Who are we trying to please?

Who are we trying to please?

Feb 21, 2014

Who are we trying to please?

by Seth Osborn


Question time! Who of you loves God? I hope most of you are raising your hands. Okay, you can put them down.

Now for the next one: How many of you live completely and utterly for God, regardless of whatever situation you might happen to be in? Oof. There are a lot fewer hands up for that one. As a matter of fact, I’m not sure I see any at all.

Human nature makes us selfish, which makes it hard to live entirely for a purpose that doesn’t suit us. To be quite honest, God’s will won’t always match up with ours. He might want us to be leaders when the very thought of that makes us tremble. He could ask us to go on a missions trip to another country when some days we have trouble just leaving our home.

And His challenges aren’t always of biblical proportions, either. It could be something as simple as Him wanting a timid person to stand up for their beliefs when challenged by their peers.

Overcoming our inhibitions and accepting God’s challenges is a big step. To do this, we need to stop caring about what the other people of the world think about us. In Galatians 1:10, Paul writes, “Am I now trying to win the approval of human beings, or of God? Or am I trying to please people? If I were still trying to please people, I would not be a servant of Christ.”

If we want to truly follow God, we can’t let ourselves allow others’ perceptions of us interfere with what He wants us to do. If we are doing God’s work, let it be done as He wills it.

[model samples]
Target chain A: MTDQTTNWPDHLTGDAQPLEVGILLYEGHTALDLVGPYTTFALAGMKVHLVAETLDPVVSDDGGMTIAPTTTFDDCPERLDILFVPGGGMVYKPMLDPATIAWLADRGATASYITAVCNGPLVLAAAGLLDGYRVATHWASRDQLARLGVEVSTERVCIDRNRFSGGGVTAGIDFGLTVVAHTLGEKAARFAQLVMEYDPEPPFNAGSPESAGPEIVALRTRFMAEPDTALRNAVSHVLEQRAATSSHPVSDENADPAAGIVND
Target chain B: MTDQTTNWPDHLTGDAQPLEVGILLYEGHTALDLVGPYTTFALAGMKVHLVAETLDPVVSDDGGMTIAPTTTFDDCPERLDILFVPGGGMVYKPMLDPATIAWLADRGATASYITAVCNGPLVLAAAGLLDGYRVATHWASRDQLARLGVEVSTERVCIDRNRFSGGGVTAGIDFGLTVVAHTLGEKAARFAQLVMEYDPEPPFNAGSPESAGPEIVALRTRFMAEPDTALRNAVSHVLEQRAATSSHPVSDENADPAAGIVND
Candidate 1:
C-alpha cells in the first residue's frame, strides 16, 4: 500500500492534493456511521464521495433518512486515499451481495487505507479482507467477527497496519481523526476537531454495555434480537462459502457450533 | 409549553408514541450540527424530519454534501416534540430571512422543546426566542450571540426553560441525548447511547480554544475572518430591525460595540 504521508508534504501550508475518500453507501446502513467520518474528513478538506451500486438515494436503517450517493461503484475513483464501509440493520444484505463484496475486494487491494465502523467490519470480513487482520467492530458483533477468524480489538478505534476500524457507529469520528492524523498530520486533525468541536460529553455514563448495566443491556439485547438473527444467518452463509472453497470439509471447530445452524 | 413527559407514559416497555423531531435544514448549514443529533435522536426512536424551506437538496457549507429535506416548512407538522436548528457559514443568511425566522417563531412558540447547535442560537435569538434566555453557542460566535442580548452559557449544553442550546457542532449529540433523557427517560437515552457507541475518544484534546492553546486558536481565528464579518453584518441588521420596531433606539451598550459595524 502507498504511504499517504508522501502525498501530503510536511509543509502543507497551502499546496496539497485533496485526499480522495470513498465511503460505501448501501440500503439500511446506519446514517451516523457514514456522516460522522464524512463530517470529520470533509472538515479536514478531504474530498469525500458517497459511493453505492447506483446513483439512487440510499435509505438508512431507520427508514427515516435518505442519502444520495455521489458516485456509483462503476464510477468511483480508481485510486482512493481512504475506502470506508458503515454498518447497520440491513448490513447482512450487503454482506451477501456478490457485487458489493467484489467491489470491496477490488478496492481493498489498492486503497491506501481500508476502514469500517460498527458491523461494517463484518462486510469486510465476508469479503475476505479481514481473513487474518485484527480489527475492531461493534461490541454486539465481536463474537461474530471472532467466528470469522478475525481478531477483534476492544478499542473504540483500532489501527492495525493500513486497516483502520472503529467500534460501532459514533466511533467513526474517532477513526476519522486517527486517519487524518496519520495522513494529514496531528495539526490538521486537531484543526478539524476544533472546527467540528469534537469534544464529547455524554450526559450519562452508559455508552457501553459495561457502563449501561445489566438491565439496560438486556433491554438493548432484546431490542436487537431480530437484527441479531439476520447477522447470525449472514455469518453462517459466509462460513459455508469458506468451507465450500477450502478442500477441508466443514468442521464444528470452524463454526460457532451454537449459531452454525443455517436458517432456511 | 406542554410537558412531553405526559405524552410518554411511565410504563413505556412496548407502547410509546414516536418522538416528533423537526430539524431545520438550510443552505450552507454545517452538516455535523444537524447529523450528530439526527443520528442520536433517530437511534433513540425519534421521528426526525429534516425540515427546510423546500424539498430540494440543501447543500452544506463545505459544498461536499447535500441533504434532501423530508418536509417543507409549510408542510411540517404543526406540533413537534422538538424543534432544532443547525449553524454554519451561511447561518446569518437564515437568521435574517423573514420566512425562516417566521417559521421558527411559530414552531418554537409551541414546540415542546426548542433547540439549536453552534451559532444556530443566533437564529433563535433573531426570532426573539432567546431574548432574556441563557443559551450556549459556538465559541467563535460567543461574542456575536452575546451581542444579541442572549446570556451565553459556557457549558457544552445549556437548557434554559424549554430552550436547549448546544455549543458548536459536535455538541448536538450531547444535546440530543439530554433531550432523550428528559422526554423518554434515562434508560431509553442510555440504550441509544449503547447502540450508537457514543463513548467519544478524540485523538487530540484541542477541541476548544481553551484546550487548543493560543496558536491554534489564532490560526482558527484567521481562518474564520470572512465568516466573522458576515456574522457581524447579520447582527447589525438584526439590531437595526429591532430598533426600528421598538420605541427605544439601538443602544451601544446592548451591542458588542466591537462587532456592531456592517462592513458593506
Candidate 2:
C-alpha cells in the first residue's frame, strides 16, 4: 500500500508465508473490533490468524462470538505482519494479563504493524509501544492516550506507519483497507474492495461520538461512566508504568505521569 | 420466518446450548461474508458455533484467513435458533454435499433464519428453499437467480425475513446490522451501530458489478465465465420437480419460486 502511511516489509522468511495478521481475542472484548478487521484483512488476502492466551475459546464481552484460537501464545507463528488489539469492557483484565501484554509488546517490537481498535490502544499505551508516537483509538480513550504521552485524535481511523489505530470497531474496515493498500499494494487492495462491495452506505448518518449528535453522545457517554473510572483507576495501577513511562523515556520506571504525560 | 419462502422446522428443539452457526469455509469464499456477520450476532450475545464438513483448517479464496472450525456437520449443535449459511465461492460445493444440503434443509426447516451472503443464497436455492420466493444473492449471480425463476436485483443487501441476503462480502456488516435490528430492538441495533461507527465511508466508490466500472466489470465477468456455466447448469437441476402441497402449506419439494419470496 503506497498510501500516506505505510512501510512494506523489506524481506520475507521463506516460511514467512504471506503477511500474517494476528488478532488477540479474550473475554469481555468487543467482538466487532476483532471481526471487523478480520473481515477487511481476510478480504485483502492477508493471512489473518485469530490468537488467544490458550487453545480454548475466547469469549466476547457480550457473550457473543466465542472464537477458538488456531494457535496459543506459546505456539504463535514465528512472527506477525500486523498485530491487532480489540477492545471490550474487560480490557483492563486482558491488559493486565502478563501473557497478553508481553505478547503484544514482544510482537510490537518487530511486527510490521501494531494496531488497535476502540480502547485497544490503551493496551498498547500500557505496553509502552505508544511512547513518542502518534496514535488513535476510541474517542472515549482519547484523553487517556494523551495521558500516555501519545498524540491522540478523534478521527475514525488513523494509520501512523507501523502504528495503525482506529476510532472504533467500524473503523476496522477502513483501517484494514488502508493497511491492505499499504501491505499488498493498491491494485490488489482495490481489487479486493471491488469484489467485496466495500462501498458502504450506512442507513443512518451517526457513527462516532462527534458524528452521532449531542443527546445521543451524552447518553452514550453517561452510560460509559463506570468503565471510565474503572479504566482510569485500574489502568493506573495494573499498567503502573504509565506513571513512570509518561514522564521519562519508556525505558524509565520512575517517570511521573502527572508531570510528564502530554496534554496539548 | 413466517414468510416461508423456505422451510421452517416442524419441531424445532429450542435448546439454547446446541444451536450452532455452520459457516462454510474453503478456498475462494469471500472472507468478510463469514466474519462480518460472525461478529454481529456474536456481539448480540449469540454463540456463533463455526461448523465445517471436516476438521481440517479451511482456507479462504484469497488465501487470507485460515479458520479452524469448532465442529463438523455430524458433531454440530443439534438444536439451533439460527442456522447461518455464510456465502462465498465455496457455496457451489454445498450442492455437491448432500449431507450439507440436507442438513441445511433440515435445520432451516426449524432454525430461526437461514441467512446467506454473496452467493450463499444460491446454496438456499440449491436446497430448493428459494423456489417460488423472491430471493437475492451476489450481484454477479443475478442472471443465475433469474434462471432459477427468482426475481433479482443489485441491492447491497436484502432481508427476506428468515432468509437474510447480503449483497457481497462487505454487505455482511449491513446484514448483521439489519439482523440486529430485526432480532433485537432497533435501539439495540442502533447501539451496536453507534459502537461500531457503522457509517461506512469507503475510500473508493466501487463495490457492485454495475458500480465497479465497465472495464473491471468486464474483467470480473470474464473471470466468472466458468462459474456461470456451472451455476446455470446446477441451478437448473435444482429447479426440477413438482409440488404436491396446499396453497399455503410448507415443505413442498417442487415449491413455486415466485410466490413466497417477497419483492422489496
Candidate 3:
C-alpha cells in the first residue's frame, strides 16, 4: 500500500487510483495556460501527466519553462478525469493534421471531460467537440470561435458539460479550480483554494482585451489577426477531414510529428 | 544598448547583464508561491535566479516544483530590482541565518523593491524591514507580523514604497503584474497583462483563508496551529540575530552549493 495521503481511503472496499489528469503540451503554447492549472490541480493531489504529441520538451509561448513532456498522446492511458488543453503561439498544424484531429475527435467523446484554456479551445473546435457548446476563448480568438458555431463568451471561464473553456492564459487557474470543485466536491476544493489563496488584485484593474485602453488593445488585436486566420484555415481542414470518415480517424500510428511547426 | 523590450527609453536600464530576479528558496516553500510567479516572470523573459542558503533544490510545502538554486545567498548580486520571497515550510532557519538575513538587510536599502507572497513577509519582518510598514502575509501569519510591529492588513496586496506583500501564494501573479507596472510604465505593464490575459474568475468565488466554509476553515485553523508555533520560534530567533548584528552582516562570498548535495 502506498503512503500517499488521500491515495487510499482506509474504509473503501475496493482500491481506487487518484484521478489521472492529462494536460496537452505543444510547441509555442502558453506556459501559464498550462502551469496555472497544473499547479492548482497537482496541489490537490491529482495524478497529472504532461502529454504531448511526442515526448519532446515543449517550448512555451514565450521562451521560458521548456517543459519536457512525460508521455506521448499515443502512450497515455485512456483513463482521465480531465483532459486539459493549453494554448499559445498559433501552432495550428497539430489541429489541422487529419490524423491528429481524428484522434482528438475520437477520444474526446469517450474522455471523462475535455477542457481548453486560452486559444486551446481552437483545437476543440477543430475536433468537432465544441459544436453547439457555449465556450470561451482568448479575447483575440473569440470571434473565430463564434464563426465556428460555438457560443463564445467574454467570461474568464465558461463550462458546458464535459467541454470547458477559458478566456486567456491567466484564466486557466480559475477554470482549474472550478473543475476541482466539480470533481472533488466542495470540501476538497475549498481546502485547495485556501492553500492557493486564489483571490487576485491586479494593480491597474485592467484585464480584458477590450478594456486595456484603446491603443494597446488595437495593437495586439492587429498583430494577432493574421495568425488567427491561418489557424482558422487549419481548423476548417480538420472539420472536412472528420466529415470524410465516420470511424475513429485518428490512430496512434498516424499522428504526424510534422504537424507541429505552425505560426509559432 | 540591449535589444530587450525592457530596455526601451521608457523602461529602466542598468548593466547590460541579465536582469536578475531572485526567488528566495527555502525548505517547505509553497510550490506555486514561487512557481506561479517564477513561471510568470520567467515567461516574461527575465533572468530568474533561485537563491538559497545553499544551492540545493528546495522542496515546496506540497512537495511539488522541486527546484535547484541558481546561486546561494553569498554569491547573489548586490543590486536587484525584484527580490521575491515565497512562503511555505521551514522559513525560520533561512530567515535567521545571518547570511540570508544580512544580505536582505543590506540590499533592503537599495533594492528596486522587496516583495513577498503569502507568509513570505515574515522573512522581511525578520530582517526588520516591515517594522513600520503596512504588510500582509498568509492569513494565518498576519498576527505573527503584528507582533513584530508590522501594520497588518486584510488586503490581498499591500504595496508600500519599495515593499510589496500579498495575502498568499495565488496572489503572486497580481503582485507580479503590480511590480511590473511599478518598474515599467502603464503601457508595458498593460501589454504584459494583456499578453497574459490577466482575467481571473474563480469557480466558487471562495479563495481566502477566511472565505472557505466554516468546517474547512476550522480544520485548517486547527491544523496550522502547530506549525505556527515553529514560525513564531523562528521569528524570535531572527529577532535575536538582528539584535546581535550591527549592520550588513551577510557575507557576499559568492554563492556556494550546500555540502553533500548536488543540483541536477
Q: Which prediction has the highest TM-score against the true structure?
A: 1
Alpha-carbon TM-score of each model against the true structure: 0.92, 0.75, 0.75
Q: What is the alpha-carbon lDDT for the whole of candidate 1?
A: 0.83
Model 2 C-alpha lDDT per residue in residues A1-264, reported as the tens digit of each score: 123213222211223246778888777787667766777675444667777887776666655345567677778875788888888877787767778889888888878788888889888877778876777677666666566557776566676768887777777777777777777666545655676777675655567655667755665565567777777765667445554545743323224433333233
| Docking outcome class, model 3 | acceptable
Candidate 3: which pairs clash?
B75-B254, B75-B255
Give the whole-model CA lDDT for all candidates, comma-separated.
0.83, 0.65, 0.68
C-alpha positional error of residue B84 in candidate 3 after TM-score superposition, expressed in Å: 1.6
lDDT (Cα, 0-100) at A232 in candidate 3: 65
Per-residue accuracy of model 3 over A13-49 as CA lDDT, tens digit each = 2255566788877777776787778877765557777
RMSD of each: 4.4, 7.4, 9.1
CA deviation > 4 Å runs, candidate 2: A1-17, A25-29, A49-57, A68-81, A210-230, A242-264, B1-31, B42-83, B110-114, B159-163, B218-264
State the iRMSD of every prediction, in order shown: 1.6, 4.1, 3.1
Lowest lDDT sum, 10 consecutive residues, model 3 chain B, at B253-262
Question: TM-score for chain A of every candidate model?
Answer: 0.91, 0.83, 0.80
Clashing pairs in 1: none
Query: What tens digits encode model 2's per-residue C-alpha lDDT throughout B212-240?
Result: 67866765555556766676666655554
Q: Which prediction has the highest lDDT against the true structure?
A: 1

Romans 12:2 is our next destination. “Do not conform to the pattern of this world, but be transformed by the renewing of your mind. Then you will be able to test and approve what God’s will is—His good, pleasing, and perfect will.” This verse reinforces that we shouldn’t be worrying about what people think about us.



We shouldn’t be trying to conform to their way of doing things. By doing so, we lose sight of God’s will. Only when we separate ourselves from thinking about what the world wants can we discern how we can help further God’s plans for us. Otherwise we’ll just end up stunting our spiritual growth.

If we look at Matthew 6:31-33, we can find even more insight into living for God. “So do not worry, saying ‘What shall we eat?’ or ‘What shall we drink?’ or ‘What shall we wear?’ For the pagans run after all these things, and your heavenly Father knows that you need them. But seek first His kingdom and His righteousness, and all these things will be given to you as well.” Not only should we not worry about how others will think about us, but we also shouldn’t concern ourselves with making sure we have what we need to the point where it distracts us from God.

I know I’m not the only “worrywart” out there. It can be easy to get caught up in the stressful things that surround us here on earth, like getting good grades in order to go to college and then get a job so you can have money to buy the things you need like food, drink, clothes, and shelter.

But that’s not what the Bible tells us to do. If we live for God before everything else, we shouldn’t worry about those things. God will provide us with what we need.

So make sure God comes first and foremost in your life, and the other things you need will fall into place after that. Secular people may think you’re a freak and that you’re going too far, but you shouldn’t lose sleep over that. Which would you rather put more effort into: pleasing people you’ll spend less than a century with, or doing work for the One you’ll be with for eternity?

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